Social media clauses – are they necessary?

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The impact of social media reached boiling point recently when Israel Folau was sensationally sacked by Rugby Australia over a post on his personal Instagram account.

It’s believed Folau ‘s employment contract included a ‘social media clause’ which limited what he could and could not say on his personal social media accounts. 

Ultimately, Folau was sacked due to a ‘high level’ breach of Rugby Australia’s Code of Conduct Policy.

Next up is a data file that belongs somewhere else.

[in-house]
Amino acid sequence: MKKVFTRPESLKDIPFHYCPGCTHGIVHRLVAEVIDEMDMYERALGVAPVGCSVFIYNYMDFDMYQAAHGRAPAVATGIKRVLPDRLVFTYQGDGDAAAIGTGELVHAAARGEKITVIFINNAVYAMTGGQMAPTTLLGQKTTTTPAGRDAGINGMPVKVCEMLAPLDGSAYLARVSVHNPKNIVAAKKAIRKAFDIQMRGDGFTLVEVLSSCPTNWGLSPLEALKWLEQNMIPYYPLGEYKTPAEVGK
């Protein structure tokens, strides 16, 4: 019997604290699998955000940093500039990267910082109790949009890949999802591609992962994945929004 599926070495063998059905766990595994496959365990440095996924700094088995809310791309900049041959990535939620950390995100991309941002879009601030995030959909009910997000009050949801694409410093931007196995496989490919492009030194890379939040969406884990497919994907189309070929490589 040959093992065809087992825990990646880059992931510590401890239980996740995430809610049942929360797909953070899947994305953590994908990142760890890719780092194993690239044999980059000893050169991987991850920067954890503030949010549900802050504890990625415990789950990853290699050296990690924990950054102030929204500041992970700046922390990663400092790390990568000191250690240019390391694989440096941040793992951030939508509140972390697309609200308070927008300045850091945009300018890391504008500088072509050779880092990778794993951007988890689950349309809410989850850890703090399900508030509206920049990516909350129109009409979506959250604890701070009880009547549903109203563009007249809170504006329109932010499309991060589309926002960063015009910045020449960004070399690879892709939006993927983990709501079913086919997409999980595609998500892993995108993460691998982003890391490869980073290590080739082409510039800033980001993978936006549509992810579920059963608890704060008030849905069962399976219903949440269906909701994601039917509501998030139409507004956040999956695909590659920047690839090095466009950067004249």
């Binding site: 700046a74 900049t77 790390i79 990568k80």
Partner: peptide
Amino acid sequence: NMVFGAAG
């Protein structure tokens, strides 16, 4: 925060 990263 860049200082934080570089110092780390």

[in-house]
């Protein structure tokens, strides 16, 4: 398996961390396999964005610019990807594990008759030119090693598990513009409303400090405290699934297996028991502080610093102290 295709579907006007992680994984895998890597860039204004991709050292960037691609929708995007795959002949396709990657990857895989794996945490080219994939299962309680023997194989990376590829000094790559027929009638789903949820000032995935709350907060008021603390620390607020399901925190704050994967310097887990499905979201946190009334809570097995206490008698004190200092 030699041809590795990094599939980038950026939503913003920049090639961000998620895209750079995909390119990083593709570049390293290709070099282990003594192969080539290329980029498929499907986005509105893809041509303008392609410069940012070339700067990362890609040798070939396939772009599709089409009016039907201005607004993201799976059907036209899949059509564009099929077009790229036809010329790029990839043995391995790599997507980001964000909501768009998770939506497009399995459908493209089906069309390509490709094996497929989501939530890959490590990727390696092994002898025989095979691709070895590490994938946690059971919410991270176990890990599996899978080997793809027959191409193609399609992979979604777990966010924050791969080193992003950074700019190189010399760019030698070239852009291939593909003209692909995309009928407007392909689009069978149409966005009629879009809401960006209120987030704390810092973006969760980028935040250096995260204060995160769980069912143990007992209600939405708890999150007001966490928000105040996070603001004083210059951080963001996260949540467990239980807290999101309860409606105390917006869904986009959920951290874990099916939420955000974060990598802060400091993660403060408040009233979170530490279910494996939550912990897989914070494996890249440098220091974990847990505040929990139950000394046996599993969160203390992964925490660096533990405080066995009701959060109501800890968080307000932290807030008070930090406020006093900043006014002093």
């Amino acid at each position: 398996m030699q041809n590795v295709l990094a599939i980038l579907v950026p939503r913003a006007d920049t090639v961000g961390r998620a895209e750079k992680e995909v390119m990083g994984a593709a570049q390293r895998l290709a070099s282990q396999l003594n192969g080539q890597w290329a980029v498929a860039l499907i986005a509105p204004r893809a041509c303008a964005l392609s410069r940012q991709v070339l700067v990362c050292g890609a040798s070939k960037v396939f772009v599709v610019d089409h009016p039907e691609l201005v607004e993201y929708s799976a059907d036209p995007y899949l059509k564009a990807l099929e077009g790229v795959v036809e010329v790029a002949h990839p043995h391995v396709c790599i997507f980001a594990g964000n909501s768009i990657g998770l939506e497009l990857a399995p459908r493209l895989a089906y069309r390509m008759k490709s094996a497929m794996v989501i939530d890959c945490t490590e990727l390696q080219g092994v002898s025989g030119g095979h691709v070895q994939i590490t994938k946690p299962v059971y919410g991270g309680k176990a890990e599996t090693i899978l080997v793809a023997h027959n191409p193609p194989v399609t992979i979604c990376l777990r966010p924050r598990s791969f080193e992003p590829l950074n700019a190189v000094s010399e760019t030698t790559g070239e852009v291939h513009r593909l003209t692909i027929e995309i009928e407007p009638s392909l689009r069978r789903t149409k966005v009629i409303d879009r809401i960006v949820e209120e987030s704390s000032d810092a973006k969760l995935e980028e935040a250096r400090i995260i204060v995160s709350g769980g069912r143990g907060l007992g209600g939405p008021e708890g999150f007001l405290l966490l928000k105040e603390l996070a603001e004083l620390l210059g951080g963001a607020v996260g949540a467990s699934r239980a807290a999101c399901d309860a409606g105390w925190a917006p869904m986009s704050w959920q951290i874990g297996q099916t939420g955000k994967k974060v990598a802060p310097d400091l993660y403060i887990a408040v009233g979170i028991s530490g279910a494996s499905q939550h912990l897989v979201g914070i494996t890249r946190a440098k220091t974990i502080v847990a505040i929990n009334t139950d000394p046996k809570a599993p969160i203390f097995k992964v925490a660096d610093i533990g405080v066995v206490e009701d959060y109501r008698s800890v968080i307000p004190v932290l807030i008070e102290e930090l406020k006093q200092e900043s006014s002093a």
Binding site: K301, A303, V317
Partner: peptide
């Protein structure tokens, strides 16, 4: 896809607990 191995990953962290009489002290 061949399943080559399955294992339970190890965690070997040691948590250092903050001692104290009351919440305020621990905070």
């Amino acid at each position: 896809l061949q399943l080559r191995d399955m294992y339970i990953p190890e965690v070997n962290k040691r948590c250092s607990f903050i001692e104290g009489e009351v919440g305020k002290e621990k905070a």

Restricting what employees can and can’t say on their social media accounts has divided popular opinion and raised discussion around freedom of speech and the ability of employees to express religious beliefs.

Ultimately, employees have a fiduciary duty to act in the best interest of their employer. 

If employers are concerned about what employees are posting on personal social media accounts, they should ensure their Code of Conduct policies and guidelines are up to date and if necessary, specifically address any social media concerns via a standalone ‘Social Media Policy’ tailored to provide adequate protection to the employer.

Christie Howson is Solicitor Director, Employment and Litigation at Osborn Law

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